Subject: Re: FreeBSD Bus DMA
To: None <firstname.lastname@example.org>
From: David Edelsohn <email@example.com>
Date: 06/12/1998 15:09:00
>>>>> "John S Dyson" writes:
John> I compile exactly the same code, for the same target NetBSD
John> platform, the only difference is running freebsd emulation of
John> NetBSD for compiling the platform. The compile times compiling
John> EXACTLY the same code, in EXACTLY the same circumstance, on
John> EXACTLY the same hardware, for EXACTLY the same NetBSD client.
John> We are either cross-compiling the target code under NetBSD, or
John> cross compiling the target code under FreeBSD. Absolutely
John> no differences in the code being compiled.
>> 1) the code base being compiled
John> Our product.
>> 2) the compile times
John> About 1.5Hrs vs. about 30-40mins or so.
>> 3) the machine types
>> 4) the versions of the OS that were running.
John> FreeBSD-current, vs. a recent NetBSD.
Separately you also have mentioned 256MB physical memory and that your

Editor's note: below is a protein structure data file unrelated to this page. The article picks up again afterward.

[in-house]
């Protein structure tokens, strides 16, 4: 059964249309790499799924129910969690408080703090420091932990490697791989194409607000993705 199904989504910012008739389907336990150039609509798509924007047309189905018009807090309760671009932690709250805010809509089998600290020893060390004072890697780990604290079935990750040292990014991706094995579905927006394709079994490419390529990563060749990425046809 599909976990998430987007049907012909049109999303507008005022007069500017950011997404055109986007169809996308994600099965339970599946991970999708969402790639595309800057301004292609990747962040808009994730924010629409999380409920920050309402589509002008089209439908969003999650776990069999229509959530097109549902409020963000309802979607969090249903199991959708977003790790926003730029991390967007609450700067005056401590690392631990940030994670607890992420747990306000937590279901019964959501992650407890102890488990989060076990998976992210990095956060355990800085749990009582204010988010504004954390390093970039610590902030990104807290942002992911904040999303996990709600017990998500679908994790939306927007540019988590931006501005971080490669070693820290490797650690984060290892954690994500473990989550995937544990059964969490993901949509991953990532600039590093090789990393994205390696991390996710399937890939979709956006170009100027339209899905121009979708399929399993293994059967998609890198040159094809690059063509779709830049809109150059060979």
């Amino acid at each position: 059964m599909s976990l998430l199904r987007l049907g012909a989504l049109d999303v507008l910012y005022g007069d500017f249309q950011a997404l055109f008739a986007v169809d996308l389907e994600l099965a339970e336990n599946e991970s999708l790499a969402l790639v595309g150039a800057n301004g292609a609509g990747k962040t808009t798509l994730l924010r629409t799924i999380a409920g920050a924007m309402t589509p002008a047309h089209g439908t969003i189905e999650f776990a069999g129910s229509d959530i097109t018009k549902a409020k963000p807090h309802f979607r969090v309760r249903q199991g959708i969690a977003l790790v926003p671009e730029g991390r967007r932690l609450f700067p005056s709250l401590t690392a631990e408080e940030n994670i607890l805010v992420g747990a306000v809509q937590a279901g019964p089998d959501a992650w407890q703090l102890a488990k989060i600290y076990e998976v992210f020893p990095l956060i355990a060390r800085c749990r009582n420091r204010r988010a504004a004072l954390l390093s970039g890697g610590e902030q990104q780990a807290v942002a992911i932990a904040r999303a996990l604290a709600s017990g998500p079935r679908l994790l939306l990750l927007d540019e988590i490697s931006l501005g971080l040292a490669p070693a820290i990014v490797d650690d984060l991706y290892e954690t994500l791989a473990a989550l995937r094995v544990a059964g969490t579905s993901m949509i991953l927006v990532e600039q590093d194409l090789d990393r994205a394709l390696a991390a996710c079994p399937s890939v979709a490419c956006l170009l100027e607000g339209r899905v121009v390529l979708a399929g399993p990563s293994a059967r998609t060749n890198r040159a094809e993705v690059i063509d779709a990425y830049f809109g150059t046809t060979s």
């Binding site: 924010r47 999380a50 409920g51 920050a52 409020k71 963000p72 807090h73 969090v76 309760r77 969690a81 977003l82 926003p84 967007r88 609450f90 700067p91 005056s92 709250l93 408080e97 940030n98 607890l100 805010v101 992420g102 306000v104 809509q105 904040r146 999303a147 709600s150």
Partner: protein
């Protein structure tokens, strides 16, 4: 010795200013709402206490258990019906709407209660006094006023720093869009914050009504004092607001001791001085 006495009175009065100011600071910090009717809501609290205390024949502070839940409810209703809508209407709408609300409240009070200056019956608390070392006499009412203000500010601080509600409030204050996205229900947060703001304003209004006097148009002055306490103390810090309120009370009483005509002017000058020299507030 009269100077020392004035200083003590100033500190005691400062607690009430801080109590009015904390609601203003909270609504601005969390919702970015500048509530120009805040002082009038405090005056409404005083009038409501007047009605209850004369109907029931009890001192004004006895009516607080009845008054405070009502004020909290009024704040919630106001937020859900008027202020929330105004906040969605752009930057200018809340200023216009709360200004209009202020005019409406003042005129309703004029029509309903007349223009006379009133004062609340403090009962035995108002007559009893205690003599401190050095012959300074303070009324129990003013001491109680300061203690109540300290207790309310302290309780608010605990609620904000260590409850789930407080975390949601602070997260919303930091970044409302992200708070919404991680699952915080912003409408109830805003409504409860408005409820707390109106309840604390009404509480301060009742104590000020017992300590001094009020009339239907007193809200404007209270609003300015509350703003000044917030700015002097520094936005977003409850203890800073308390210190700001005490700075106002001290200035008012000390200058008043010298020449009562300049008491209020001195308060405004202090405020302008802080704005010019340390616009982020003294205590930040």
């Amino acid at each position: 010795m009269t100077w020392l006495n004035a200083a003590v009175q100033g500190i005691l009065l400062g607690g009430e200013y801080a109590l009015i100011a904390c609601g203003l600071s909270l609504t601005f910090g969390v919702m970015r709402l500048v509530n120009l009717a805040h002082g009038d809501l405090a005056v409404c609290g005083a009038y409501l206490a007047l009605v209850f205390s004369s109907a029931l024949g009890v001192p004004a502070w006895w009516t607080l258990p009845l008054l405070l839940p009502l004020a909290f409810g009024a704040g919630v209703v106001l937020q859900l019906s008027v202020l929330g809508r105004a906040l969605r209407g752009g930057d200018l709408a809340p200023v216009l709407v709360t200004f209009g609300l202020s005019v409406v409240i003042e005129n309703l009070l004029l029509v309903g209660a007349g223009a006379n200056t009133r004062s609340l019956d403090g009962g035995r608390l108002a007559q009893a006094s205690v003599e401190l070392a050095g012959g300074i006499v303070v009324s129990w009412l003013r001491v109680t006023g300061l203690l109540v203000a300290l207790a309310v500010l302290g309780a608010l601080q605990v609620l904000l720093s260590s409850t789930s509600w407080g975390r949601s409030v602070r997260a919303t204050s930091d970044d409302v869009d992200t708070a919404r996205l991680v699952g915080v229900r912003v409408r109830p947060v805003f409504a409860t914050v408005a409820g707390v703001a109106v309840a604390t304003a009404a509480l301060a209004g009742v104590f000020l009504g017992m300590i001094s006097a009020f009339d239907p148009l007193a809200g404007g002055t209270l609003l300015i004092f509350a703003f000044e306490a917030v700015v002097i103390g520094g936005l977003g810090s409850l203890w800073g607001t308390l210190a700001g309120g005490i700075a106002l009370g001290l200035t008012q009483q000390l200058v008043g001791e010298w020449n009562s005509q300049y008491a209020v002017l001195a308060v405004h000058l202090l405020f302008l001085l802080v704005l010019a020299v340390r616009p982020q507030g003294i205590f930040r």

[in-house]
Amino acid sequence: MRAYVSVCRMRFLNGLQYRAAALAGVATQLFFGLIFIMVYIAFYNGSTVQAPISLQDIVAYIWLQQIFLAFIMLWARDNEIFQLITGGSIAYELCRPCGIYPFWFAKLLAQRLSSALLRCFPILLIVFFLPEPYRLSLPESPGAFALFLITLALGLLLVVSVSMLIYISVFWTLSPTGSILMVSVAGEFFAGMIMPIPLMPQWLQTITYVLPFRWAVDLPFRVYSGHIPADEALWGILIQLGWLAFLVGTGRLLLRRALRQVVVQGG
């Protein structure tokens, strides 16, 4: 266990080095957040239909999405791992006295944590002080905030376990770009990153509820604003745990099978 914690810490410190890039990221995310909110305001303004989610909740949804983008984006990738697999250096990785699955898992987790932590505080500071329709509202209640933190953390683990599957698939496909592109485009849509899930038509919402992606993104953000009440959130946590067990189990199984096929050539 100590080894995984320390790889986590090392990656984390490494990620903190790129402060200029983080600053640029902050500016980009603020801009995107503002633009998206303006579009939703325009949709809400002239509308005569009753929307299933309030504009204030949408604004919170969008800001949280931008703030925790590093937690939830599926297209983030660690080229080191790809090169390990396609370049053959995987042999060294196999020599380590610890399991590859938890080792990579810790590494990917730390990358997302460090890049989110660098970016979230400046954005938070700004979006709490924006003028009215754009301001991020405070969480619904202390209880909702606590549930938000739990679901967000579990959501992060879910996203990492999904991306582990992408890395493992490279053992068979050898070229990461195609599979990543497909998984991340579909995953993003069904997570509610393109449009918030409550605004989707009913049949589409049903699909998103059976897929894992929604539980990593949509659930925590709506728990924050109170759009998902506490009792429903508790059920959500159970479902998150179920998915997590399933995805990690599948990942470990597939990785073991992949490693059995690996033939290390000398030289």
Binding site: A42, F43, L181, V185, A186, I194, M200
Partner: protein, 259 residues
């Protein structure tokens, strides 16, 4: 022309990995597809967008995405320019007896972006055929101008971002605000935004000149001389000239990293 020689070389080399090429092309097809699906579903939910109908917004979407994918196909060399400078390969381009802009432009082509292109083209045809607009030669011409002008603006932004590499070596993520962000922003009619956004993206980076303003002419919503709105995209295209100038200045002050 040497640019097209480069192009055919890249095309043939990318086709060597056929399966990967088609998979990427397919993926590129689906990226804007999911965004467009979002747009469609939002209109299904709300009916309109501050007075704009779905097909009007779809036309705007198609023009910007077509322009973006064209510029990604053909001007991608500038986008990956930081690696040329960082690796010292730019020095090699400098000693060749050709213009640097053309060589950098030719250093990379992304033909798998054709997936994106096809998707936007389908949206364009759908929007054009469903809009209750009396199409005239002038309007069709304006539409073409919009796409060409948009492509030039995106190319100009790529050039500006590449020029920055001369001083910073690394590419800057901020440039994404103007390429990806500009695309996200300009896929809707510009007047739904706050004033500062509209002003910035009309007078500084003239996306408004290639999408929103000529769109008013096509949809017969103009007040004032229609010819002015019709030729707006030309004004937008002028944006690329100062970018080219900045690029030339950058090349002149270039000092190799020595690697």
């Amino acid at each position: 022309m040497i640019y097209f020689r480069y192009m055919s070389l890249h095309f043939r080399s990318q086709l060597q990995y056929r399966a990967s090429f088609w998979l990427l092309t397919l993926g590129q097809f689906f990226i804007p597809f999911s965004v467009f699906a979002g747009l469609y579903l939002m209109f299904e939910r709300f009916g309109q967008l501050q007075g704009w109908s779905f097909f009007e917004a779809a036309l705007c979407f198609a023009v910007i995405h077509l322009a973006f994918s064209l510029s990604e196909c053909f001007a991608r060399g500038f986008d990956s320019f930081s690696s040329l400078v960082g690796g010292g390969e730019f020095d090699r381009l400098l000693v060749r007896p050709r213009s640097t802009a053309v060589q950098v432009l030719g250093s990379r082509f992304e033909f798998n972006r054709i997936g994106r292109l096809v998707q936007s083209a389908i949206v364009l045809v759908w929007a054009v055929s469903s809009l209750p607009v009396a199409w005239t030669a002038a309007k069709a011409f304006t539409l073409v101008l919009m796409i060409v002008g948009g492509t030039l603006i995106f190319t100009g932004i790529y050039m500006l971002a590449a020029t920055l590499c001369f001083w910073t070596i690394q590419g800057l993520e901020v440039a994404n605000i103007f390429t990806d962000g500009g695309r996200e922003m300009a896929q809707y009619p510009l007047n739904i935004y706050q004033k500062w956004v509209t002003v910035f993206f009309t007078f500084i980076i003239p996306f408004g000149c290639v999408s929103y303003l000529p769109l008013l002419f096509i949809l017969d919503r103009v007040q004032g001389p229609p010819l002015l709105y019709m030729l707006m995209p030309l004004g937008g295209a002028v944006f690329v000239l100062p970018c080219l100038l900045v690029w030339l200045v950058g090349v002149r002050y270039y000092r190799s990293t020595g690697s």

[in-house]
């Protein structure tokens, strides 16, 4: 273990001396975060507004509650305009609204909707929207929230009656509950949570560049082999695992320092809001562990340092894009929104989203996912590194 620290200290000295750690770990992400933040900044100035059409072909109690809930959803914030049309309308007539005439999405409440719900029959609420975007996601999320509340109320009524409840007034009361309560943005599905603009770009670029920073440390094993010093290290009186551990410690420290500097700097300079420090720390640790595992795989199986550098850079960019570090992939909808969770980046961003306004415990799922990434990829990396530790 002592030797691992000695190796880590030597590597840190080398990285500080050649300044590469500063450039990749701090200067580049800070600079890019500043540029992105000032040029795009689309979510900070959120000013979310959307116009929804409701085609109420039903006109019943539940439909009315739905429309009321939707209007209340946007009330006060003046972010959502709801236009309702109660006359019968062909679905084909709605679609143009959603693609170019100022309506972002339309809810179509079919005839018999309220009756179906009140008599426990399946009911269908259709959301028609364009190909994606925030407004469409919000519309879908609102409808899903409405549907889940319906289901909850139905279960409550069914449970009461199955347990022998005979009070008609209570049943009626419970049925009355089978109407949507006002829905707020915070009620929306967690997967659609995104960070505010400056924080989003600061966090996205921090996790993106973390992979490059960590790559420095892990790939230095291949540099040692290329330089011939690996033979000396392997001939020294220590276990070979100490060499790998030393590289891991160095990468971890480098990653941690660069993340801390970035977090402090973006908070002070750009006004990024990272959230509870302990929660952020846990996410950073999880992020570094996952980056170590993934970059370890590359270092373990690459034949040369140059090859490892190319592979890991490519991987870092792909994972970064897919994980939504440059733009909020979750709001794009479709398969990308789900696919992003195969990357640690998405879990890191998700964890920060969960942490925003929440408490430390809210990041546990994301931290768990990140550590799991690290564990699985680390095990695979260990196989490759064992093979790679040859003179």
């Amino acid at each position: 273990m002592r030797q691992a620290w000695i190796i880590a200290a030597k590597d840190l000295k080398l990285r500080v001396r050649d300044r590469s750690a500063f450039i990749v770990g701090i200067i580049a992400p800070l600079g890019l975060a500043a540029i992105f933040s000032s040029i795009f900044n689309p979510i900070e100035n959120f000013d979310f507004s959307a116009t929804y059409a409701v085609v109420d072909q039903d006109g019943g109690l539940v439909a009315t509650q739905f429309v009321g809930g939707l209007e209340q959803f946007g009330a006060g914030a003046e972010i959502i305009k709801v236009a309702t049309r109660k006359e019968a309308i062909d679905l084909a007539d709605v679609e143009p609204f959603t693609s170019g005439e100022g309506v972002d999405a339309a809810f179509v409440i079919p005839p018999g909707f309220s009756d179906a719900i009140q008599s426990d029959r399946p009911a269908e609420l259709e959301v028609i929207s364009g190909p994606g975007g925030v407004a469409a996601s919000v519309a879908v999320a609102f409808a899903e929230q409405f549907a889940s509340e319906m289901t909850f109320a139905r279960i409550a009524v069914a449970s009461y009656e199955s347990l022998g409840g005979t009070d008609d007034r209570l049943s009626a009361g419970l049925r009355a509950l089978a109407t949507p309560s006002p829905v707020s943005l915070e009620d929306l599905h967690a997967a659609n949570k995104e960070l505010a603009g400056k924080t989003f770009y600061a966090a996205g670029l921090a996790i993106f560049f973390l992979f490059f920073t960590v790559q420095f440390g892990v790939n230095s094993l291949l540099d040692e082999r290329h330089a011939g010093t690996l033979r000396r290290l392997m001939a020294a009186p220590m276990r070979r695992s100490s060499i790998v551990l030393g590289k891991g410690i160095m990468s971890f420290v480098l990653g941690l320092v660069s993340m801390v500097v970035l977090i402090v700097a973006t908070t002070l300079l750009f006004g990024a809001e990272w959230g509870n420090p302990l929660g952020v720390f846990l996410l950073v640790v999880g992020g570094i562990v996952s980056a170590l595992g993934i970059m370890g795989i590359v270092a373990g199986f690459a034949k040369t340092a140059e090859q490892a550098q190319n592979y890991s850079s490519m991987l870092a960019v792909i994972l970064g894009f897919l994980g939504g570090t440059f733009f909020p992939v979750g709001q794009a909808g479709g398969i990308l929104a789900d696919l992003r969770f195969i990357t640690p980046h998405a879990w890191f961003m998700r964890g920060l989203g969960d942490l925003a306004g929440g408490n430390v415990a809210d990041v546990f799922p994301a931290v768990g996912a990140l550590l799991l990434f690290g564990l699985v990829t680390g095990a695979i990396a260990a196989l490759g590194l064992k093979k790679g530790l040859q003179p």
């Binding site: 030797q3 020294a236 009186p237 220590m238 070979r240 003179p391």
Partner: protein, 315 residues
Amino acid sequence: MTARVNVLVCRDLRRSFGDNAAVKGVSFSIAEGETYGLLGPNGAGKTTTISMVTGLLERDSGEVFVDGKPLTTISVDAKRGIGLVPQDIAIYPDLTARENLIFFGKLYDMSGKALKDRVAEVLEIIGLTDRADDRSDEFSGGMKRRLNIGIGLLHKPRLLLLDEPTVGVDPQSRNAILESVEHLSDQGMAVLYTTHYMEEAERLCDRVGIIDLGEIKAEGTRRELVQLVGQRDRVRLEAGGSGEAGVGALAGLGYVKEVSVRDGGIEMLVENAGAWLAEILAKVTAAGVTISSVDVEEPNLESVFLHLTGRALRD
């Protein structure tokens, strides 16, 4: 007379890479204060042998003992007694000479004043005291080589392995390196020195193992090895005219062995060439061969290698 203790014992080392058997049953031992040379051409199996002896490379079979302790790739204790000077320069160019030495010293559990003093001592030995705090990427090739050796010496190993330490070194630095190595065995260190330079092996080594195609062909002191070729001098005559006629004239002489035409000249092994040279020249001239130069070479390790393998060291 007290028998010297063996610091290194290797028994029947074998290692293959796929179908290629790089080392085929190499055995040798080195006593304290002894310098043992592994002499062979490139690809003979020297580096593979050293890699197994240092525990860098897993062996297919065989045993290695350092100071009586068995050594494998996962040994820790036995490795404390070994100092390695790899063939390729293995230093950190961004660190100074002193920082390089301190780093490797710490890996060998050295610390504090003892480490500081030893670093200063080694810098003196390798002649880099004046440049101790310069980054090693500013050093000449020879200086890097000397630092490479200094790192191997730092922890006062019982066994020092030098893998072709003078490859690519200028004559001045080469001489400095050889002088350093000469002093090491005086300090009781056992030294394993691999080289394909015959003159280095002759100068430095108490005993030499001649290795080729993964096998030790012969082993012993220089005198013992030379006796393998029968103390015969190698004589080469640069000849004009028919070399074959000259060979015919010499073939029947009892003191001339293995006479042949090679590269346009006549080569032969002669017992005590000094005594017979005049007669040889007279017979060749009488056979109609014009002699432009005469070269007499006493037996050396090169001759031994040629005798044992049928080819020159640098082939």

entire product including header files, the working set of the toolchain,
and the OS all fit within your physical memory.
I think that we could have avoided a lot of this discussion if you
had mentioned those details from the beginning. It also would have been
nice if you had mentioned specific OS releases, compiler options,
filesystem mount options, system tuning parameters, ... as well.
FreeBSD apparently is self-tuning -- that is a very nice and
useful feature. NetBSD requires more manual intervention. I would expect
that NetBSD users who care about performance tune their system -- as most
high performance users do. Companies who report benchmark results
configure their systems optimally within the limits of the benchmark
I now can see how you could measure a 2.5X difference in wall
clock time. It is clear that FreeBSD's caching policy can give it an
advantage for some workloads. I still do not believe that the ratio you
have quoted corresponds to the actual difference in performance that one
would obtain from optimally configured systems.
Claiming that a vanilla FreeBSD system can self-tune to better
performance than a vanilla NetBSD system is a different issue. For users
who care about ease of installation and how much of peak performance they
easily can obtain, this is important. It is a different measurement than
optimal system performance which is what I, and I presume others, assumed
you were discussing.